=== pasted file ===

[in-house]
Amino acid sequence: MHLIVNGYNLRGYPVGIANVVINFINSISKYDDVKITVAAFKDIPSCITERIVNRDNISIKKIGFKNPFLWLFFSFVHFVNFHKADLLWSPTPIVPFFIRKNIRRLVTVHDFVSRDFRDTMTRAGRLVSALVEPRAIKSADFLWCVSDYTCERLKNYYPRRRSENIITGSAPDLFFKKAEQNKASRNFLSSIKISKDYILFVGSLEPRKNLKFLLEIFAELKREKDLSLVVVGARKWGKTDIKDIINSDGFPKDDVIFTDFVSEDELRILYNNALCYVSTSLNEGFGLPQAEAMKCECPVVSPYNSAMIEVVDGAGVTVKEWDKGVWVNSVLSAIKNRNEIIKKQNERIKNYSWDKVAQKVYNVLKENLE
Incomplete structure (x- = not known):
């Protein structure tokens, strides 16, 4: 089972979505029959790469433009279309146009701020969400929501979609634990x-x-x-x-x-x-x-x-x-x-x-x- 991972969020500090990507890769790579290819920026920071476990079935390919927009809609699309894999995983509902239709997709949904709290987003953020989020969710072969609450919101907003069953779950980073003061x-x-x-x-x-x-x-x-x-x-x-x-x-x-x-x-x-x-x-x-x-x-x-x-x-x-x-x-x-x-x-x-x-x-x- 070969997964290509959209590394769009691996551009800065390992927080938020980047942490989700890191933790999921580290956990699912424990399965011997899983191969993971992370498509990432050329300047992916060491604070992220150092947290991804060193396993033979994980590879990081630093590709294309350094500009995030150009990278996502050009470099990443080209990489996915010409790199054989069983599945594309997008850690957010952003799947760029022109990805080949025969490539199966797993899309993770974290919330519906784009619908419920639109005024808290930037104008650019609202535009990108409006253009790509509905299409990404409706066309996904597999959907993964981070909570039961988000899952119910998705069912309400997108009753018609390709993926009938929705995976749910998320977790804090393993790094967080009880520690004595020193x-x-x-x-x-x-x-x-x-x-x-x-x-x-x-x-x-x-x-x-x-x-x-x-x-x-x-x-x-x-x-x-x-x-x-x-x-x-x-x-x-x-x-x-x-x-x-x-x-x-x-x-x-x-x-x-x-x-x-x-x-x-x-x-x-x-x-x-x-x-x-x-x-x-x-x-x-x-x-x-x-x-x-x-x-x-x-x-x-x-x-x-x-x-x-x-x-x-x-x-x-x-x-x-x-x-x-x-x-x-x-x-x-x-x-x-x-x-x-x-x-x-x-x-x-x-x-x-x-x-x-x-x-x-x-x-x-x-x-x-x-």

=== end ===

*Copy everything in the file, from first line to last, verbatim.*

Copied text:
[in-house]
Amino acid sequence: MHLIVNGYNLRGYPVGIANVVINFINSISKYDDVKITVAAFKDIPSCITERIVNRDNISIKKIGFKNPFLWLFFSFVHFVNFHKADLLWSPTPIVPFFIRKNIRRLVTVHDFVSRDFRDTMTRAGRLVSALVEPRAIKSADFLWCVSDYTCERLKNYYPRRRSENIITGSAPDLFFKKAEQNKASRNFLSSIKISKDYILFVGSLEPRKNLKFLLEIFAELKREKDLSLVVVGARKWGKTDIKDIINSDGFPKDDVIFTDFVSEDELRILYNNALCYVSTSLNEGFGLPQAEAMKCECPVVSPYNSAMIEVVDGAGVTVKEWDKGVWVNSVLSAIKNRNEIIKKQNERIKNYSWDKVAQKVYNVLKENLE
Incomplete structure (x- = not known):
């Protein structure tokens, strides 16, 4: 089972979505029959790469433009279309146009701020969400929501979609634990x-x-x-x-x-x-x-x-x-x-x-x- 991972969020500090990507890769790579290819920026920071476990079935390919927009809609699309894999995983509902239709997709949904709290987003953020989020969710072969609450919101907003069953779950980073003061x-x-x-x-x-x-x-x-x-x-x-x-x-x-x-x-x-x-x-x-x-x-x-x-x-x-x-x-x-x-x-x-x-x-x- 070969997964290509959209590394769009691996551009800065390992927080938020980047942490989700890191933790999921580290956990699912424990399965011997899983191969993971992370498509990432050329300047992916060491604070992220150092947290991804060193396993033979994980590879990081630093590709294309350094500009995030150009990278996502050009470099990443080209990489996915010409790199054989069983599945594309997008850690957010952003799947760029022109990805080949025969490539199966797993899309993770974290919330519906784009619908419920639109005024808290930037104008650019609202535009990108409006253009790509509905299409990404409706066309996904597999959907993964981070909570039961988000899952119910998705069912309400997108009753018609390709993926009938929705995976749910998320977790804090393993790094967080009880520690004595020193x-x-x-x-x-x-x-x-x-x-x-x-x-x-x-x-x-x-x-x-x-x-x-x-x-x-x-x-x-x-x-x-x-x-x-x-x-x-x-x-x-x-x-x-x-x-x-x-x-x-x-x-x-x-x-x-x-x-x-x-x-x-x-x-x-x-x-x-x-x-x-x-x-x-x-x-x-x-x-x-x-x-x-x-x-x-x-x-x-x-x-x-x-x-x-x-x-x-x-x-x-x-x-x-x-x-x-x-x-x-x-x-x-x-x-x-x-x-x-x-x-x-x-x-x-x-x-x-x-x-x-x-x-x-x-x-x-x-x-x-x-």